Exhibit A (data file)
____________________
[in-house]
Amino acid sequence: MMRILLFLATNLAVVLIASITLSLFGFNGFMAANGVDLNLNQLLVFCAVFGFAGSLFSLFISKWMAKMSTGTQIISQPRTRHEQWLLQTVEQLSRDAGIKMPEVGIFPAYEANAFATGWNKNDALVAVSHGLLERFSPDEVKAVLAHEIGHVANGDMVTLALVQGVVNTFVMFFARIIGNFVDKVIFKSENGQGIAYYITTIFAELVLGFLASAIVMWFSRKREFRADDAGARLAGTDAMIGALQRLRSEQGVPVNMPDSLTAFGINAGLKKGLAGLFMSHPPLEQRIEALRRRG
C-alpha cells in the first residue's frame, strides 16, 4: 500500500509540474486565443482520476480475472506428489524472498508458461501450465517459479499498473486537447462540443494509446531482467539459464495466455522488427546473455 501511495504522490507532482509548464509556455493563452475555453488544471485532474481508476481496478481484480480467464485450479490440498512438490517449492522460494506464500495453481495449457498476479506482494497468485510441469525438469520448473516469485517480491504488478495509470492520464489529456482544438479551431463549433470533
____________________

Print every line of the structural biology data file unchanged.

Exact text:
[in-house]
Amino acid sequence: MMRILLFLATNLAVVLIASITLSLFGFNGFMAANGVDLNLNQLLVFCAVFGFAGSLFSLFISKWMAKMSTGTQIISQPRTRHEQWLLQTVEQLSRDAGIKMPEVGIFPAYEANAFATGWNKNDALVAVSHGLLERFSPDEVKAVLAHEIGHVANGDMVTLALVQGVVNTFVMFFARIIGNFVDKVIFKSENGQGIAYYITTIFAELVLGFLASAIVMWFSRKREFRADDAGARLAGTDAMIGALQRLRSEQGVPVNMPDSLTAFGINAGLKKGLAGLFMSHPPLEQRIEALRRRG
C-alpha cells in the first residue's frame, strides 16, 4: 500500500509540474486565443482520476480475472506428489524472498508458461501450465517459479499498473486537447462540443494509446531482467539459464495466455522488427546473455 501511495504522490507532482509548464509556455493563452475555453488544471485532474481508476481496478481484480480467464485450479490440498512438490517449492522460494506464500495453481495449457498476479506482494497468485510441469525438469520448473516469485517480491504488478495509470492520464489529456482544438479551431463549433470533